Woods and water await on the two Utah courses
June 20, 2021 by Bennett Wineka in Courses, Preview with 0 comments
Ultiworld Disc Golf’s coverage of the 2021 PDGA Pro World Championships is presented by Skybreed Discs, a top online retailer and preferred vendor of the 2021 Ledgestone Insurance Open, and Aria Discs, a new disc golf brand making discs designed for beginners.
As has become custom at PDGA Pro Worlds events over the last couple of seasons, the 2021 event will play multiple rounds on two distinct courses testing every shot players have in their bags.
Both divisions will play The Fort three times and Mulligans twice, alternating courses over the first four days before cutting the field for a final round with both divisions on The Fort.
Mulligans has been in play at the Utah Open dating back to before it joined the Disc Golf Pro Tour schedule in 2017, and while we haven’t had a chance to see the majority of touring players take on The Fort yet, there is something the Ogden, Utah courses have in common.
“We have discussed it with few players and for both of these courses, you don’t need the biggest arm to be competitive,” said Albert Tamm. “Mulligans will test your fairway speed control and Fort your gap hitting skill.”
Players will also be in store for another uncommon challenge for most of them: elevation. Discs won’t fly the same at 4,300 feet above sea level the same they did in Portland a couple weeks ago some 4,200+ feet lower.
MPO: 8,373 feet, par 63 — Rounds 2, 4, 5
FPO: 7,413 feet, par 63 — Rounds 1, 3, 5
During the Worlds Warm-up, the Utah Open a week ago, The Fort averaged about 1.5 strokes over par over 36 holes compared to a 2.76-under par average at Mulligans for the Open division. Similarly, the Open Women’s division scored about three strokes worse to par at The Fort than Mulligans. Only two of more than 110 rounds finished bogey-free across both divisions, and despite eigth par 4s and 5s on the course there was not one eagle. In fact the second shortest par 4, the 540-foot hole 5, was the second toughest hole to par at the UO.
When players find their way off the often wooded fairway it’ll be a tough scramble. As the final cards are making their way down the bleacher-lined fairways of hole 18 on Sunday they will sure to be mentally exhausted from the pressure of the stage and having battled a demanding layout for 54 holes.
What hole is TD Jade Sewell’s favorite?
“Hole 12. We created a tricky yet simple hole to play; I spent a lot of time working on hole 12. Once we made it a par 4 it changed the hole to one you need to manage. If you’re throwing a high speed driver on this hole you’re probably going to get in trouble. I absolutely love it!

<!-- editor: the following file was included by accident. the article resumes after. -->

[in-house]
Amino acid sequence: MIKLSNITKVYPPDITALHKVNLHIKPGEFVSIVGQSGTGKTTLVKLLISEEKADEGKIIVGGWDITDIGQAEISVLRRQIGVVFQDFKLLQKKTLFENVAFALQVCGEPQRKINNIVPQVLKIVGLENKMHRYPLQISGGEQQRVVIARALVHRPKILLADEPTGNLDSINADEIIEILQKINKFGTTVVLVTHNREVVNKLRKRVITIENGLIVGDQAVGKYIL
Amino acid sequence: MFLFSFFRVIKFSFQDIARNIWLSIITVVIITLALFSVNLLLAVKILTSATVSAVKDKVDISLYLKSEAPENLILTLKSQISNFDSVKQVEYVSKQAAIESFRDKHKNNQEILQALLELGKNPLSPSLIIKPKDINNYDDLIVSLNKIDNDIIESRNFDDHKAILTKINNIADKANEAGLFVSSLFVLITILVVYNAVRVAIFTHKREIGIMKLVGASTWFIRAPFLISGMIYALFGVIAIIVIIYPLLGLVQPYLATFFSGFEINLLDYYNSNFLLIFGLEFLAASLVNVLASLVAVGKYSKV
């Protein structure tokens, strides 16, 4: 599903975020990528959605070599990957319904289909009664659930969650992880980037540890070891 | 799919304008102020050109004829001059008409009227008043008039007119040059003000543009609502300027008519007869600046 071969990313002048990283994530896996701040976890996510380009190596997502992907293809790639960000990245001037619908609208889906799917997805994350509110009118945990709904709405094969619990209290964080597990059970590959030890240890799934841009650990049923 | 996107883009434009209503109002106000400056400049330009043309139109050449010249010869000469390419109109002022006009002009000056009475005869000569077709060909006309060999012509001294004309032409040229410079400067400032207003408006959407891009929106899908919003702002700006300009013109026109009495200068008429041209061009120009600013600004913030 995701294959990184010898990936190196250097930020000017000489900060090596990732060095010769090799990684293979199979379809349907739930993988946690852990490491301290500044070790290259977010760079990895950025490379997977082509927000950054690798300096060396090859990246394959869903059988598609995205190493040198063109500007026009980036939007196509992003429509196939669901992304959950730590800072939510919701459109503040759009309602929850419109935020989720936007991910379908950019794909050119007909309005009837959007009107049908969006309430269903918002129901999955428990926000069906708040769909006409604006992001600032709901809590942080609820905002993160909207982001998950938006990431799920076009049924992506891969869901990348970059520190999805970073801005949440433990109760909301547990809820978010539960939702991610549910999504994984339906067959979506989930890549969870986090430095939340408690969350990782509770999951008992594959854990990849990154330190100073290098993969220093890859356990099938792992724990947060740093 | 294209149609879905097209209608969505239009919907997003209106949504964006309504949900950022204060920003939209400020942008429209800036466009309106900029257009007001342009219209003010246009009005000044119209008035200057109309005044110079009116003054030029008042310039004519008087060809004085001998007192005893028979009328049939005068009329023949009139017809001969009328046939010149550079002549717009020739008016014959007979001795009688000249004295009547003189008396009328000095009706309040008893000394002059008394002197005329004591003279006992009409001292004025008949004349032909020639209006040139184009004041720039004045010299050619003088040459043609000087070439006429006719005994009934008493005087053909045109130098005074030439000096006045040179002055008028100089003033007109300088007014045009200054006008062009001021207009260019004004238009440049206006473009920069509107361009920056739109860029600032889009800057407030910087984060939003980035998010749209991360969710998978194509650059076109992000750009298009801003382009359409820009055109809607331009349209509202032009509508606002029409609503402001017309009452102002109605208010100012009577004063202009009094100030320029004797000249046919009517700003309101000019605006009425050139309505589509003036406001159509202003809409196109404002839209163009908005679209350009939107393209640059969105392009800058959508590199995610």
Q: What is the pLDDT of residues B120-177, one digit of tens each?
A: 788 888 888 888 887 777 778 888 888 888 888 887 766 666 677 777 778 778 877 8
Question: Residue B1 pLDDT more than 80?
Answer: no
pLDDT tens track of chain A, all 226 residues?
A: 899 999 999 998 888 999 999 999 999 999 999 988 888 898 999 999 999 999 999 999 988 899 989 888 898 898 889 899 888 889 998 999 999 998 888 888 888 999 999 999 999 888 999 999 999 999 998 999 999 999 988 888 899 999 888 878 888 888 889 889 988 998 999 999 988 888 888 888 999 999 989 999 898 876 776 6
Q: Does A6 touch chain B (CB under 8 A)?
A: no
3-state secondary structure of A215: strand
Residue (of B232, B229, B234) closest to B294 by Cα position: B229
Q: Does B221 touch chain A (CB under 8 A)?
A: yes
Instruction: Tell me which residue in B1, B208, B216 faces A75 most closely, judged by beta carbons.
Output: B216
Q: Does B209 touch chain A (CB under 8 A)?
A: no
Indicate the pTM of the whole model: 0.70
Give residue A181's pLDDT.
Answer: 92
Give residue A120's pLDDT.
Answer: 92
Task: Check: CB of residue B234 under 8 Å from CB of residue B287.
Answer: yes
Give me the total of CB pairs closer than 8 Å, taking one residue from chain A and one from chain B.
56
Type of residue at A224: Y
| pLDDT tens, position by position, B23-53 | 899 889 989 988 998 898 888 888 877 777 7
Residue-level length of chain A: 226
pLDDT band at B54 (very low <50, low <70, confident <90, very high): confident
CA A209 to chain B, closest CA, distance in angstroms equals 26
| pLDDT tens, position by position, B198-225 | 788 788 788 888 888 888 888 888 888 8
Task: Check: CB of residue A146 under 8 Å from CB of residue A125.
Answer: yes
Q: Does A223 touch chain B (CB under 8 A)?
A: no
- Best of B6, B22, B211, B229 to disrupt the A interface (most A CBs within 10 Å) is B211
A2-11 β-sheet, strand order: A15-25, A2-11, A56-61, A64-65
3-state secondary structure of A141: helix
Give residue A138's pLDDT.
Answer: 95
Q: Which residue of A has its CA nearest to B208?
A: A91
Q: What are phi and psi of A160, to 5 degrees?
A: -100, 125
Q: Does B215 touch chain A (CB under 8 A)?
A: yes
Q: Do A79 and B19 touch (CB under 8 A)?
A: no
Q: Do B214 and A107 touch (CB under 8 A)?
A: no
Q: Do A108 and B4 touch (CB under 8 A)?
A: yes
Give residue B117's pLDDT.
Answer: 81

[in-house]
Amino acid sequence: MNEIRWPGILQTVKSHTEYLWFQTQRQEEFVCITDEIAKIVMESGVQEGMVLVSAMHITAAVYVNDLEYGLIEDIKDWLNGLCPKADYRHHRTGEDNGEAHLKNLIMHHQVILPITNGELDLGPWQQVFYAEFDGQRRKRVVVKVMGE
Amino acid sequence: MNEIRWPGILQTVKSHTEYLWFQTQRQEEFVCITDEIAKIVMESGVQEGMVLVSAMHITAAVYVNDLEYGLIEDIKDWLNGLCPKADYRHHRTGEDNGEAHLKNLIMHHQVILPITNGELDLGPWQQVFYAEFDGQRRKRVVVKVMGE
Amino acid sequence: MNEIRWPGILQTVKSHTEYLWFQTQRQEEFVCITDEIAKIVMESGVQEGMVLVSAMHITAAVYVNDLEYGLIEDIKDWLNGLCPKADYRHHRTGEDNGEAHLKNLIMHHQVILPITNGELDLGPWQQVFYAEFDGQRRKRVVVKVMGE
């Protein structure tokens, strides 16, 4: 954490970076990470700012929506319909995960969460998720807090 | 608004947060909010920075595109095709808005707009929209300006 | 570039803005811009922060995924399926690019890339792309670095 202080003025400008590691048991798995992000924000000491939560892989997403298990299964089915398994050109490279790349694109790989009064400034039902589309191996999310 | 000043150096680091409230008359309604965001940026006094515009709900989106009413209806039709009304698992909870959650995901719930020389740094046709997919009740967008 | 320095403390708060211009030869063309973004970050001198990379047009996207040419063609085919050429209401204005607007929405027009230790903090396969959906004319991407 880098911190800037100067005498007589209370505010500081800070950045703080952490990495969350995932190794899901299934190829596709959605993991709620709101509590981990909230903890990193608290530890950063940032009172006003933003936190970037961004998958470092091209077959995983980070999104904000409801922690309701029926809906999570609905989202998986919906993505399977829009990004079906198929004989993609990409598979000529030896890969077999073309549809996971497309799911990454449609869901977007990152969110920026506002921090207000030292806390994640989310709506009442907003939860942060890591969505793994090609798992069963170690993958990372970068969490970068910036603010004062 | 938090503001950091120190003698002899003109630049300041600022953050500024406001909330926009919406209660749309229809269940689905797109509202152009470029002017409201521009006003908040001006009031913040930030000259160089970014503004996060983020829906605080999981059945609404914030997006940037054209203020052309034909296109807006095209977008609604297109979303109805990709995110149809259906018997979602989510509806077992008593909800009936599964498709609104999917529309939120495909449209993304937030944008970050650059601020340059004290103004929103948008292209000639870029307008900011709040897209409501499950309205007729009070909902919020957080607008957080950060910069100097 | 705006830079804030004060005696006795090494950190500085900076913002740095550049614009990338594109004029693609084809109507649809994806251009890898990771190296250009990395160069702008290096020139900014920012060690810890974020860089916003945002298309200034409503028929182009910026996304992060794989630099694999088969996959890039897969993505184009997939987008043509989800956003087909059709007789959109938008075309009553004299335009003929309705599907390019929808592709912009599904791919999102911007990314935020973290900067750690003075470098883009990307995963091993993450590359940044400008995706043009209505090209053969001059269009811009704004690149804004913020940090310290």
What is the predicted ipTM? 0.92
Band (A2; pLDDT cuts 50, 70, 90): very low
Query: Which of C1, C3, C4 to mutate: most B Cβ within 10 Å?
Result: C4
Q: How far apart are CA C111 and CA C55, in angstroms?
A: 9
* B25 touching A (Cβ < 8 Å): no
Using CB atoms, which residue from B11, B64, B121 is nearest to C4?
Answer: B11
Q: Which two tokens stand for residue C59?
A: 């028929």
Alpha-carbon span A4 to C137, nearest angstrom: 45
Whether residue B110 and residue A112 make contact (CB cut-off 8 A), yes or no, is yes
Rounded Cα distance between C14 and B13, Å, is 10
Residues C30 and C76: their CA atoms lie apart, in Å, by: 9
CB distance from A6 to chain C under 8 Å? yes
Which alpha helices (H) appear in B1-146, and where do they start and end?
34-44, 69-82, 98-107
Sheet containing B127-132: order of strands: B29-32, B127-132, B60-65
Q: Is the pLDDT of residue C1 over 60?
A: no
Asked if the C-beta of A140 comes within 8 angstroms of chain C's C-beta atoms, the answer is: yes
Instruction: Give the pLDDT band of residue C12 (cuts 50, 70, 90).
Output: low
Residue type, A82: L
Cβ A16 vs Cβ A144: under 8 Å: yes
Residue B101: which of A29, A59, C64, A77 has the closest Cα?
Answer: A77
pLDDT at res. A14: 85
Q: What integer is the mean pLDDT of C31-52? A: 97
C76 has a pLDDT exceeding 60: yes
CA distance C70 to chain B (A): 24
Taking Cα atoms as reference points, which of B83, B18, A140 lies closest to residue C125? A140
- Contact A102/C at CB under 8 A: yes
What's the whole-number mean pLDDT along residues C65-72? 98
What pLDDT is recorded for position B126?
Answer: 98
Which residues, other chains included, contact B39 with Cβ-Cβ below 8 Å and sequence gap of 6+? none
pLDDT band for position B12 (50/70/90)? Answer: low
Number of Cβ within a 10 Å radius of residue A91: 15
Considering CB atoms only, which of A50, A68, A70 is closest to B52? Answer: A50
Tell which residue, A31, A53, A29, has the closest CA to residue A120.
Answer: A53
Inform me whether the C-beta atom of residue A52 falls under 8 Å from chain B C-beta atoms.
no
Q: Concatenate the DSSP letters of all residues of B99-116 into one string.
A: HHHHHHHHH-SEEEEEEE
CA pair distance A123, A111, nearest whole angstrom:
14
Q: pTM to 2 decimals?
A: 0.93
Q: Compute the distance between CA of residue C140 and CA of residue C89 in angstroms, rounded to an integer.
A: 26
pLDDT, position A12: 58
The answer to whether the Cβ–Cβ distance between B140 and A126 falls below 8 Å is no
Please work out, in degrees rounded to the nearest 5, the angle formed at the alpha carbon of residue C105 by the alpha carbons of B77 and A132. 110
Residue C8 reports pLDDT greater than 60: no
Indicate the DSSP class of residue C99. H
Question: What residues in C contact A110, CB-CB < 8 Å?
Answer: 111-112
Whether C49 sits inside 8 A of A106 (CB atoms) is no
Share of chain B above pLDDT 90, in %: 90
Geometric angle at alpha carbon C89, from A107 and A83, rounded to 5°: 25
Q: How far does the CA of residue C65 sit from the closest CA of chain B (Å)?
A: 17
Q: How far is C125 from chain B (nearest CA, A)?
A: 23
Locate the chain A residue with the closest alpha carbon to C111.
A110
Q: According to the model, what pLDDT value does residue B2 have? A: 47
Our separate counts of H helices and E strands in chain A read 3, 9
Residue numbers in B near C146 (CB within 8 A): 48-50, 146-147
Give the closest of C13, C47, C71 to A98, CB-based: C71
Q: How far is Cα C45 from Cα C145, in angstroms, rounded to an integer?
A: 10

What hole best captures the essence of The Fort?
“Hole 5. It has a tight fairway with small gaps and a directional green. This is the hole that says, ‘The Fort,'” said Sewell.
What pros have said:
Jeremy Koling: “I think we want to reward the all-around player and reward shot placement and not just favor the longest throwers. What we want in a champion is someone who has multiple skill sets and can manage all kinds of angles. I’m looking for the course to give us tight, interesting shot types and angles.”
Kristin Tattar: “On Fort, you really have to hit your lines to get birdies and the rough is very rough.”
MPO: 7,989 feet, par 58 — Rounds 1, 3
FPO: 7,065 feet, par 58 — Rounds 2, 4
Yes, it’s on a golf course. But this is not a grip-it and rip-it type of layout. Mulligans is under 8,000 feet at its longest configuration and contains hazards everywhere. The lowcut grass causes discs to skip with speed, making it extremely easy to find one of the numerous water hazards or bunkers on the property. The Waterdawgs may be able to help you get your disc back, but they won’t save you any strokes.
Wind has definitely been a factor here in the past, so the game plan will need to be strong as players will have to pick their spots to attack.
What hole is TD Jade Sewell’s favorite?
“My favorite hole at Mulligans is hole 18. Ricky [Wysocki] with the walk-off ace made it famous.”
What hole best captures the essence of Mulligans?
“Hole 5, we call it ‘Ice.’ The fairways are very fast at Mulligans and this one is fast! It’s also on one of seven ponds on the course. Dave Feldberg once told me they are the fastest fairways he has ever played,” said Sewell.
What pros have said
Sarah Hokom: “I can’t throw far enough to birdie most of the holes, so the course plays like fieldwork — same shot over and over again — with a bunch of 80-120-foot upshots for par. Pretty boring for me and 90% of the FPO field.”
Kristin Tattar: “In Mulligans there is danger in every hole, either a bunker or water. For [Silver Latt and me] it is scary because we still have five more events after Worlds and we don’t have backups. So if we lose our discs then there’s nothing to play with.”